Lately it seems that about fifty percent of new novels have a missing person in them. No, really: that many. I read a lot of flap copy in my job at the book store. And this isn't exactly a criticism, because I'm sort of obsessed with the subject myself. In the late 90's, I noticed that a woman who lived in our building was throwing away an awful lot of stuff. The other tenants and I watched the dumpster carefully: she was putting such great stuff in it, like clothes and unused file folders and even a pet taxi. These days, such behavior would make my hair stand on end, but back then we just thought, Great finds!
Later we heard that she had disappeared, leaving her kitchen cupboards full of shoes and her fridge full of iced tea. Her car showed up, ominously, at the end of a logging road.
And then she was found, hanging around a religious group in a distant town. It was such a bizarre interlude, and one I have never stopped thinking about. I remember with clarity the music I was listening to then, and the fact that during this time I once watched a pack rat crawl up the outside of our building, looking for a window to climb into.
A few years later, a guy here in Ithaca vanished on his way home from working at the Sunglass Hut in the local mall. He was a quiet guy who lived with his mother, and one day he left work on foot and was never seen again. I think of him every time I see the words "Sunglass Hut." Something happened to him, something strange and, from this perspective, inexplicable. But what?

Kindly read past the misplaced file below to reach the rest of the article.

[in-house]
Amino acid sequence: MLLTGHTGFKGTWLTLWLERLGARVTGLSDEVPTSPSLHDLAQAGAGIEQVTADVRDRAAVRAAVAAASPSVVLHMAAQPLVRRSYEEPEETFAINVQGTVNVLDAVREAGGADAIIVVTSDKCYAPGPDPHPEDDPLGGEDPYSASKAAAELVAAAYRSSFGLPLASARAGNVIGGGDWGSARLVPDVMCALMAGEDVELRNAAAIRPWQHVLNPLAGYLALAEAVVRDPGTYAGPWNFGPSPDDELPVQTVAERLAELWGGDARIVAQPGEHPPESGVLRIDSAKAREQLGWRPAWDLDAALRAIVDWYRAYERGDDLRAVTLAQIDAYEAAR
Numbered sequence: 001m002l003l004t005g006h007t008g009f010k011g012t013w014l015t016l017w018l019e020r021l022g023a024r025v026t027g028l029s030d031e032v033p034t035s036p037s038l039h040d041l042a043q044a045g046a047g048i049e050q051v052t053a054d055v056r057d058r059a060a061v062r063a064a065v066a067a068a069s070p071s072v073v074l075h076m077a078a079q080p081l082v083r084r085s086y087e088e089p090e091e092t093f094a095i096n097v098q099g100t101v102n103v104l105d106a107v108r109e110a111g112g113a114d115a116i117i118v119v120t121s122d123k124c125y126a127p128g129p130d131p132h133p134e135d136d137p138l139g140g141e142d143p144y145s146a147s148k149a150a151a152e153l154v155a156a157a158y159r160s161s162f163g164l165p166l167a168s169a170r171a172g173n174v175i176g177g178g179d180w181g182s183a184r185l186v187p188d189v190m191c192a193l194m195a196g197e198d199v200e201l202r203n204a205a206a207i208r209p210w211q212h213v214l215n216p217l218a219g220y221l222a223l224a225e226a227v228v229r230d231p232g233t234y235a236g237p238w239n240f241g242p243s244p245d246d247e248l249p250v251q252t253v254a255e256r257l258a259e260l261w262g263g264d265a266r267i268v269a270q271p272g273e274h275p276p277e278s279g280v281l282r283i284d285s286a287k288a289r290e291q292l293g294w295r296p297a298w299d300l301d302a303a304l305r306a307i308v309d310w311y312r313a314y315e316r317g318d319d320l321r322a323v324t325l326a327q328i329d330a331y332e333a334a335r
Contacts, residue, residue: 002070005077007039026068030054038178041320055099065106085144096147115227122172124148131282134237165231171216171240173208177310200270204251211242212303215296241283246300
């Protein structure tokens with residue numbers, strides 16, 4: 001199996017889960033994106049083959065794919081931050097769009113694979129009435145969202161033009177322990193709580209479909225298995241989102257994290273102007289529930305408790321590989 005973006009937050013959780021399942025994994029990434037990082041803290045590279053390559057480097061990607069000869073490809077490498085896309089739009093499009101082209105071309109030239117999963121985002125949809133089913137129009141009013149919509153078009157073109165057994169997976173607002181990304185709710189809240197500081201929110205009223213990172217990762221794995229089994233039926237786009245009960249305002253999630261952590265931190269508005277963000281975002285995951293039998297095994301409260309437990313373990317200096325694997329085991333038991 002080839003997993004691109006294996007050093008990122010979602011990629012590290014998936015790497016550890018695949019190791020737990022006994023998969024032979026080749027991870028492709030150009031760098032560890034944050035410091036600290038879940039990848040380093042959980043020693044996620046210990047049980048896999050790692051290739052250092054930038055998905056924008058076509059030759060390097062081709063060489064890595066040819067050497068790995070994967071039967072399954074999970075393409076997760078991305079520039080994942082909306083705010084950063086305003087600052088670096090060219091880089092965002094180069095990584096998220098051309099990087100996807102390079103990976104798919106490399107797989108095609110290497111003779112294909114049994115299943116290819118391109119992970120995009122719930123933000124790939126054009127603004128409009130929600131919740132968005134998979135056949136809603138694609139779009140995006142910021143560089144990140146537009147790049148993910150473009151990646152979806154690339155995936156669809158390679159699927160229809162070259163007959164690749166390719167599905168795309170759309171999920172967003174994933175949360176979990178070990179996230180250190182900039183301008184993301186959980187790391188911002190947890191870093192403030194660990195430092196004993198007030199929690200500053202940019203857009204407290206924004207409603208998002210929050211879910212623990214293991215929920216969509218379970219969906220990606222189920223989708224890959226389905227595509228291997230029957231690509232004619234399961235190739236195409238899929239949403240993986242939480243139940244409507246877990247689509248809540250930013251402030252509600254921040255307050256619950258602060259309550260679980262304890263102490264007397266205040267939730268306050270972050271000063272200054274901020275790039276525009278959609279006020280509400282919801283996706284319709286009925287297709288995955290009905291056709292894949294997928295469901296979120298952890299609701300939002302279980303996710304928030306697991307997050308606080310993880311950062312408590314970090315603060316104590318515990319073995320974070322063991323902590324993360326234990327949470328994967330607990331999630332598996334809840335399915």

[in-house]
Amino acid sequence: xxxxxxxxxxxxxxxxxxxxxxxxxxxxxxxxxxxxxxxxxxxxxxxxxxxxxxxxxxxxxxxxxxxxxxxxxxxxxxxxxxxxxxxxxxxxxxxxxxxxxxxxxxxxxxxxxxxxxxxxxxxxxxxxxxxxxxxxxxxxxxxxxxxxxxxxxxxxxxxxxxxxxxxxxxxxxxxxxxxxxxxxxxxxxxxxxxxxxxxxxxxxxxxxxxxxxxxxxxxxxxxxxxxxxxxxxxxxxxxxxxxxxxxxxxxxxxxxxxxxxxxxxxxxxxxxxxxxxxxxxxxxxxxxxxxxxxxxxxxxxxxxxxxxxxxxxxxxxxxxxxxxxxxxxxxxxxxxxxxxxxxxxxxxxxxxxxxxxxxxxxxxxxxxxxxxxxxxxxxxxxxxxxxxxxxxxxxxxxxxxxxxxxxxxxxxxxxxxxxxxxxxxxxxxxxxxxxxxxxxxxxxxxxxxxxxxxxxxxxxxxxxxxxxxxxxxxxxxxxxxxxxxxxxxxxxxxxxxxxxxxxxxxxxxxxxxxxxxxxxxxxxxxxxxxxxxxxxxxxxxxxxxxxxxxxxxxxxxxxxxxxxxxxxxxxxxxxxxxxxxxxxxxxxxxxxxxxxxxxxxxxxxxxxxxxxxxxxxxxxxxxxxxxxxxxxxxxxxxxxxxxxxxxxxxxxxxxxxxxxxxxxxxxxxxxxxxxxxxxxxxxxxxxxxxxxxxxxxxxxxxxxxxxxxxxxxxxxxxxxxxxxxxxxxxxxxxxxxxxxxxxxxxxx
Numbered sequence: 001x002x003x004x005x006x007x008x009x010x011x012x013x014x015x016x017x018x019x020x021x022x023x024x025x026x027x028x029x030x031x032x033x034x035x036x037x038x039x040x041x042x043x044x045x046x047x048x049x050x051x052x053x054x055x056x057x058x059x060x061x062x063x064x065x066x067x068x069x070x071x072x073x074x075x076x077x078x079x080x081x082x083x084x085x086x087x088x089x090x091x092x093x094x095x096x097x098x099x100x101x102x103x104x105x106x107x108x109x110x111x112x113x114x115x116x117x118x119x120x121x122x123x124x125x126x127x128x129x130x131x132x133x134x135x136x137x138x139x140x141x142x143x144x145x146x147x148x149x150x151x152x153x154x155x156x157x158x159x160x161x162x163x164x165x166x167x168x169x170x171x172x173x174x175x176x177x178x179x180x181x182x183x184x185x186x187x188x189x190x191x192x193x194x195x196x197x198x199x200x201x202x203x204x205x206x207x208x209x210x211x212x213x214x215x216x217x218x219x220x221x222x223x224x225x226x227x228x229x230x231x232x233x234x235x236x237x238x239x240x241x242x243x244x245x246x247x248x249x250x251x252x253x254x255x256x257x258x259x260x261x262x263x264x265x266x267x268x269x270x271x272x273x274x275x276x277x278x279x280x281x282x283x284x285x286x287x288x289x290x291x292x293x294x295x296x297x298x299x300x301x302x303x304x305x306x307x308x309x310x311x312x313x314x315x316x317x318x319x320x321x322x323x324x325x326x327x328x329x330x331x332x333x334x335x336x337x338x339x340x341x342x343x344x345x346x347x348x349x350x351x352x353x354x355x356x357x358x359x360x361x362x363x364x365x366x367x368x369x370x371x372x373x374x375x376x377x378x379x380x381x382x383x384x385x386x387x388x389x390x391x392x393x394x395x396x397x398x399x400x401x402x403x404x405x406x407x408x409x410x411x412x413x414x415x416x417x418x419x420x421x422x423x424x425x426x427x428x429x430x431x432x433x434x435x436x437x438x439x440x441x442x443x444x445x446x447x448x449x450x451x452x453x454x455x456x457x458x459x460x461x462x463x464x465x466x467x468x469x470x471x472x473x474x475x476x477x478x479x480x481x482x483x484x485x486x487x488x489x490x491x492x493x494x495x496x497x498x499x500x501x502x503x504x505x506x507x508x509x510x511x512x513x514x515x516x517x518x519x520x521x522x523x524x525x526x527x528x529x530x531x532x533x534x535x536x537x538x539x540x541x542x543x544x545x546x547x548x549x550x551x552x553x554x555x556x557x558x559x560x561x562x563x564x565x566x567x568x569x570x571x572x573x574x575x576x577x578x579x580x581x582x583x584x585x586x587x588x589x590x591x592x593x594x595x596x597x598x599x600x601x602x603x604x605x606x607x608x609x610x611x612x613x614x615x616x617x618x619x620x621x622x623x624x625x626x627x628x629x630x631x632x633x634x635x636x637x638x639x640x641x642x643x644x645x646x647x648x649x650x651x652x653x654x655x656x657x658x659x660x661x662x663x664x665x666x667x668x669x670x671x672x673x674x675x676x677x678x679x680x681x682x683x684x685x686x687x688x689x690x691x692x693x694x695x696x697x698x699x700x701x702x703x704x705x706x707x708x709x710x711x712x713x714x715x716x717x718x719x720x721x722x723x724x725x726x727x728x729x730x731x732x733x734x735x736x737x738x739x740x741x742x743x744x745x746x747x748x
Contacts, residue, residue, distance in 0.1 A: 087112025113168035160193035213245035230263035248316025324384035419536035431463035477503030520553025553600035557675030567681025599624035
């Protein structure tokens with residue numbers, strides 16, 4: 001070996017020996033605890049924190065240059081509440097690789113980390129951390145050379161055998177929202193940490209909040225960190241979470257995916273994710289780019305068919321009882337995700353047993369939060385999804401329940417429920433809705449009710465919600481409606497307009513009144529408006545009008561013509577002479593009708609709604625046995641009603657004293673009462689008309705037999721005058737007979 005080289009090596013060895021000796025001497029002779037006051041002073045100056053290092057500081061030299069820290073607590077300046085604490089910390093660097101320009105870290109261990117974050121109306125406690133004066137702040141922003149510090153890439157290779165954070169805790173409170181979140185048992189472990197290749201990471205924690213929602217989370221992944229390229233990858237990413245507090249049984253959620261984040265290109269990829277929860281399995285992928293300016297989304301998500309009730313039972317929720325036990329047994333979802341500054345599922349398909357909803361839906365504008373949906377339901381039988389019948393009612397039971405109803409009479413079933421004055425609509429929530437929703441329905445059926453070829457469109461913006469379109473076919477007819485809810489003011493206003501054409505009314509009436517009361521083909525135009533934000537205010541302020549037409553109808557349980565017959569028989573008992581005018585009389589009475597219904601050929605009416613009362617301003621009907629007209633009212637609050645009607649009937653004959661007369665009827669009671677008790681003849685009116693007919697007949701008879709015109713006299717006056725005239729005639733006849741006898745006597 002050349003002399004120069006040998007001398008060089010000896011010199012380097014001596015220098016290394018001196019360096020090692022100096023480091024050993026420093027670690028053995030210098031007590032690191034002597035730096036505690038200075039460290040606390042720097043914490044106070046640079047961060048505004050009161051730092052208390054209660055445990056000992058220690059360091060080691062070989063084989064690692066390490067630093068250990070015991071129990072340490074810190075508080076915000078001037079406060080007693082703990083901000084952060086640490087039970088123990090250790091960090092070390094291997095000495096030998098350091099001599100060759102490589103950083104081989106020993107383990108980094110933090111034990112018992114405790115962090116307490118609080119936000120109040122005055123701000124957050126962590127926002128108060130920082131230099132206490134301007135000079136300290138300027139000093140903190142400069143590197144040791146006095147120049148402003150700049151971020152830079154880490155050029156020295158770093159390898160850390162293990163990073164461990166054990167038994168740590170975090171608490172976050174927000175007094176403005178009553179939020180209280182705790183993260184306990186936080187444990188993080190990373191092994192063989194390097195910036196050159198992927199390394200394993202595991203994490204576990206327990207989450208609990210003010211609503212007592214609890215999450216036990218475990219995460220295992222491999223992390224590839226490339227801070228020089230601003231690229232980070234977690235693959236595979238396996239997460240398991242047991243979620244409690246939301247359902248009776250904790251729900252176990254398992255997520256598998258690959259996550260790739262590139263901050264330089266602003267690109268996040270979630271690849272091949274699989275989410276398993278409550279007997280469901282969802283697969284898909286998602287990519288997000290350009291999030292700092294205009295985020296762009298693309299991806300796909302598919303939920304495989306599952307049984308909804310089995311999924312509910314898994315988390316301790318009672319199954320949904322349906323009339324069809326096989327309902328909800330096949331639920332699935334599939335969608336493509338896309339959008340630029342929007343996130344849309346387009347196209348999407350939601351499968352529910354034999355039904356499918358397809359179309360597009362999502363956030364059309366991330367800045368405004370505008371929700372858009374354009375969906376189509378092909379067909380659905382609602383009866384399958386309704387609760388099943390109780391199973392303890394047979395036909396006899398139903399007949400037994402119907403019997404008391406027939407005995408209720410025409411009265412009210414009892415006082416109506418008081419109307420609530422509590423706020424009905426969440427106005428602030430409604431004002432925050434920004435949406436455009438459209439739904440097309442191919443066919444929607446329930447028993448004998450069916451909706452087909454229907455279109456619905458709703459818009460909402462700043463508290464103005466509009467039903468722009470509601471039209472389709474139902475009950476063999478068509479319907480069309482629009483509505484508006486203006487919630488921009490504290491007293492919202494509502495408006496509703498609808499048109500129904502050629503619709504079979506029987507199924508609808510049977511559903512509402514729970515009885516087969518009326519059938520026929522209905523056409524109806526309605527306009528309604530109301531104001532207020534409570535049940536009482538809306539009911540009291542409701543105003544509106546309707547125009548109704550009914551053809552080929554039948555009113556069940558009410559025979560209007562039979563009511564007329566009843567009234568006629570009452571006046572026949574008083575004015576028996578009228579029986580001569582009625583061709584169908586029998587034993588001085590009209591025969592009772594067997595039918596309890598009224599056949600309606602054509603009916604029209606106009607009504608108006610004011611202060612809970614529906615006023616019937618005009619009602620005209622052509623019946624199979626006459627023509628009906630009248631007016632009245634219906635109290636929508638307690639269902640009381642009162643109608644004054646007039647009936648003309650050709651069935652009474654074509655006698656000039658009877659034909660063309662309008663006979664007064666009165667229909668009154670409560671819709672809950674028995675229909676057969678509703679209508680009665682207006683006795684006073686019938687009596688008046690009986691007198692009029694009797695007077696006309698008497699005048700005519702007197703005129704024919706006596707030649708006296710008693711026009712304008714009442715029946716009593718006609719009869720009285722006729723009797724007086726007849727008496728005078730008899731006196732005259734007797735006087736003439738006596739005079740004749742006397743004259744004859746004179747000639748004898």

Whatever happened to these people, it would be a good story. I suppose that's the appeal for these missing person novels: humane mystery. No blood, no viciousness, just pure mysterious absence.
But why now? Of course, I wonder if it's all about 9-11. American novels have always been about death and grief, but this missing person obsession: it's pretty new. What does it mean? What kind of social anxiety is it reflecting?
And here's another observation that may or may not be related: hardly anyone write social satire anymore. It might be my favorite kind of novel, but no one seems to have the heart for it anymore. I've started writing a few satires myself, and found them fizzling quickly. They make me feel bad, kind of. Francine Prose, who wrote the hilarious Big Foot Dreams, which made fun of tabloid journalism, and Hunters and Gatherers, which mocked New Age beliefs, has come out with Goldengrove, an apparently unsatirical novel about a character's struggles with the death of her sister. Prose always has her muzzle to the wind. What does it mean when she, too, has abandoned satire? If I knew her, I would ask her.
Have we Americans become... earnest? Yow.